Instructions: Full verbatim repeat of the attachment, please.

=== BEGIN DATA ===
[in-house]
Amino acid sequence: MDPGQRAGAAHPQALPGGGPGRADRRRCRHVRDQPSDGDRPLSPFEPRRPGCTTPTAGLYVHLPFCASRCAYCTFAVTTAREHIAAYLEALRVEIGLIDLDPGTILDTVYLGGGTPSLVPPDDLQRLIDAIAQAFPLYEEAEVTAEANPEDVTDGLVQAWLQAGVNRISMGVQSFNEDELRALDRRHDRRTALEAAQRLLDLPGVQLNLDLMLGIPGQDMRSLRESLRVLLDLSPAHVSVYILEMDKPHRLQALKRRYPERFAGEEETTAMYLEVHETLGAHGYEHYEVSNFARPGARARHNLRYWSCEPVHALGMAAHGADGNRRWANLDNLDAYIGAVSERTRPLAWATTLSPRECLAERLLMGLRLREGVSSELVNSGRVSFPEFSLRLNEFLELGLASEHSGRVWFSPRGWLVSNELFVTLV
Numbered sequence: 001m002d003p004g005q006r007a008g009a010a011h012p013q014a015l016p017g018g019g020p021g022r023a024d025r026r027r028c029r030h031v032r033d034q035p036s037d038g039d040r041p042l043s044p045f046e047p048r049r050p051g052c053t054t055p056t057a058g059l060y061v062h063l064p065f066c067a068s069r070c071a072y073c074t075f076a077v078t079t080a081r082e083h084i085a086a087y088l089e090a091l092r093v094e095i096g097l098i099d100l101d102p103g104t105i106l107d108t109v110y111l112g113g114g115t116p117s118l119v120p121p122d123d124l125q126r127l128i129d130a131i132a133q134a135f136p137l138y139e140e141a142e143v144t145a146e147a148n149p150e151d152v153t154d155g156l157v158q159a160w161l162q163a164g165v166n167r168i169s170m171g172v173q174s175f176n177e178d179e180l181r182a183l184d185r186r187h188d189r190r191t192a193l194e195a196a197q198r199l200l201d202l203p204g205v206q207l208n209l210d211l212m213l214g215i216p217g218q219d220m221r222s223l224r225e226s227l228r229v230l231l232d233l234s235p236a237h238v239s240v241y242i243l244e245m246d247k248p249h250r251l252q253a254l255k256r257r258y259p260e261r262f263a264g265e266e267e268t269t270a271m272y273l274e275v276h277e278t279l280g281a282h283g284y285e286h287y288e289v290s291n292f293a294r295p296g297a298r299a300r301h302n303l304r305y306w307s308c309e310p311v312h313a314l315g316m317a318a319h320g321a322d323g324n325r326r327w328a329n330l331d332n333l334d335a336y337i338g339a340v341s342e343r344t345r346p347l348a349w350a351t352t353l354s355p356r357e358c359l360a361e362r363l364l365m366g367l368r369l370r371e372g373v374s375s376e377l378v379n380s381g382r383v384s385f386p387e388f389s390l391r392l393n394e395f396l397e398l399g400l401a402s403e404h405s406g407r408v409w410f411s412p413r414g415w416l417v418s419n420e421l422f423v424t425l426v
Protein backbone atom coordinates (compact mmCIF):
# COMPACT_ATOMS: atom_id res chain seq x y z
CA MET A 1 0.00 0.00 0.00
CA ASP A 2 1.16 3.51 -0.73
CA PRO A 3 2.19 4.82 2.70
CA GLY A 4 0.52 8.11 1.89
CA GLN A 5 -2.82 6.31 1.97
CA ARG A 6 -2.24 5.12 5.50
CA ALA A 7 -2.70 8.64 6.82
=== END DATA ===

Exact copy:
[in-house]
Amino acid sequence: MDPGQRAGAAHPQALPGGGPGRADRRRCRHVRDQPSDGDRPLSPFEPRRPGCTTPTAGLYVHLPFCASRCAYCTFAVTTAREHIAAYLEALRVEIGLIDLDPGTILDTVYLGGGTPSLVPPDDLQRLIDAIAQAFPLYEEAEVTAEANPEDVTDGLVQAWLQAGVNRISMGVQSFNEDELRALDRRHDRRTALEAAQRLLDLPGVQLNLDLMLGIPGQDMRSLRESLRVLLDLSPAHVSVYILEMDKPHRLQALKRRYPERFAGEEETTAMYLEVHETLGAHGYEHYEVSNFARPGARARHNLRYWSCEPVHALGMAAHGADGNRRWANLDNLDAYIGAVSERTRPLAWATTLSPRECLAERLLMGLRLREGVSSELVNSGRVSFPEFSLRLNEFLELGLASEHSGRVWFSPRGWLVSNELFVTLV
Numbered sequence: 001m002d003p004g005q006r007a008g009a010a011h012p013q014a015l016p017g018g019g020p021g022r023a024d025r026r027r028c029r030h031v032r033d034q035p036s037d038g039d040r041p042l043s044p045f046e047p048r049r050p051g052c053t054t055p056t057a058g059l060y061v062h063l064p065f066c067a068s069r070c071a072y073c074t075f076a077v078t079t080a081r082e083h084i085a086a087y088l089e090a091l092r093v094e095i096g097l098i099d100l101d102p103g104t105i106l107d108t109v110y111l112g113g114g115t116p117s118l119v120p121p122d123d124l125q126r127l128i129d130a131i132a133q134a135f136p137l138y139e140e141a142e143v144t145a146e147a148n149p150e151d152v153t154d155g156l157v158q159a160w161l162q163a164g165v166n167r168i169s170m171g172v173q174s175f176n177e178d179e180l181r182a183l184d185r186r187h188d189r190r191t192a193l194e195a196a197q198r199l200l201d202l203p204g205v206q207l208n209l210d211l212m213l214g215i216p217g218q219d220m221r222s223l224r225e226s227l228r229v230l231l232d233l234s235p236a237h238v239s240v241y242i243l244e245m246d247k248p249h250r251l252q253a254l255k256r257r258y259p260e261r262f263a264g265e266e267e268t269t270a271m272y273l274e275v276h277e278t279l280g281a282h283g284y285e286h287y288e289v290s291n292f293a294r295p296g297a298r299a300r301h302n303l304r305y306w307s308c309e310p311v312h313a314l315g316m317a318a319h320g321a322d323g324n325r326r327w328a329n330l331d332n333l334d335a336y337i338g339a340v341s342e343r344t345r346p347l348a349w350a351t352t353l354s355p356r357e358c359l360a361e362r363l364l365m366g367l368r369l370r371e372g373v374s375s376e377l378v379n380s381g382r383v384s385f386p387e388f389s390l391r392l393n394e395f396l397e398l399g400l401a402s403e404h405s406g407r408v409w410f411s412p413r414g415w416l417v418s419n420e421l422f423v424t425l426v
Protein backbone atom coordinates (compact mmCIF):
# COMPACT_ATOMS: atom_id res chain seq x y z
CA MET A 1 0.00 0.00 0.00
CA ASP A 2 1.16 3.51 -0.73
CA PRO A 3 2.19 4.82 2.70
CA GLY A 4 0.52 8.11 1.89
CA GLN A 5 -2.82 6.31 1.97
CA ARG A 6 -2.24 5.12 5.50
CA ALA A 7 -2.70 8.64 6.82